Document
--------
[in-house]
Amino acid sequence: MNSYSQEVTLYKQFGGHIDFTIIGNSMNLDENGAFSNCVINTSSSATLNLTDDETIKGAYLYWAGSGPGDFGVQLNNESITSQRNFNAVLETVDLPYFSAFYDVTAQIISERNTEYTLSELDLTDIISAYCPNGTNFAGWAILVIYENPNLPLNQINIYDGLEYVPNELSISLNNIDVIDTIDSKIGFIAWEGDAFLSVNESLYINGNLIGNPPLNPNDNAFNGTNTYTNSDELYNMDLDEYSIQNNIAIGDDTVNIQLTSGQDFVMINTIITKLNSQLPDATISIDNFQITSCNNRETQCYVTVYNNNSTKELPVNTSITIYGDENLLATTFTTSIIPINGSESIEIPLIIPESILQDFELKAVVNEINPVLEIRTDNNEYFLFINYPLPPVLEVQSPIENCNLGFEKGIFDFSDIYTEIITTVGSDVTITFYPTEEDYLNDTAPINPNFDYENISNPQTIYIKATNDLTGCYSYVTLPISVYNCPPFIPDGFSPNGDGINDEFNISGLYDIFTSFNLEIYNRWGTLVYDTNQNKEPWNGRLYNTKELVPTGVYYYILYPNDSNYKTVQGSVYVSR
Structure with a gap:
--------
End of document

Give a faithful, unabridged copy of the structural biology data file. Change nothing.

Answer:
[in-house]
Amino acid sequence: MNSYSQEVTLYKQFGGHIDFTIIGNSMNLDENGAFSNCVINTSSSATLNLTDDETIKGAYLYWAGSGPGDFGVQLNNESITSQRNFNAVLETVDLPYFSAFYDVTAQIISERNTEYTLSELDLTDIISAYCPNGTNFAGWAILVIYENPNLPLNQINIYDGLEYVPNELSISLNNIDVIDTIDSKIGFIAWEGDAFLSVNESLYINGNLIGNPPLNPNDNAFNGTNTYTNSDELYNMDLDEYSIQNNIAIGDDTVNIQLTSGQDFVMINTIITKLNSQLPDATISIDNFQITSCNNRETQCYVTVYNNNSTKELPVNTSITIYGDENLLATTFTTSIIPINGSESIEIPLIIPESILQDFELKAVVNEINPVLEIRTDNNEYFLFINYPLPPVLEVQSPIENCNLGFEKGIFDFSDIYTEIITTVGSDVTITFYPTEEDYLNDTAPINPNFDYENISNPQTIYIKATNDLTGCYSYVTLPISVYNCPPFIPDGFSPNGDGINDEFNISGLYDIFTSFNLEIYNRWGTLVYDTNQNKEPWNGRLYNTKELVPTGVYYYILYPNDSNYKTVQGSVYVSR
Structure with a gap: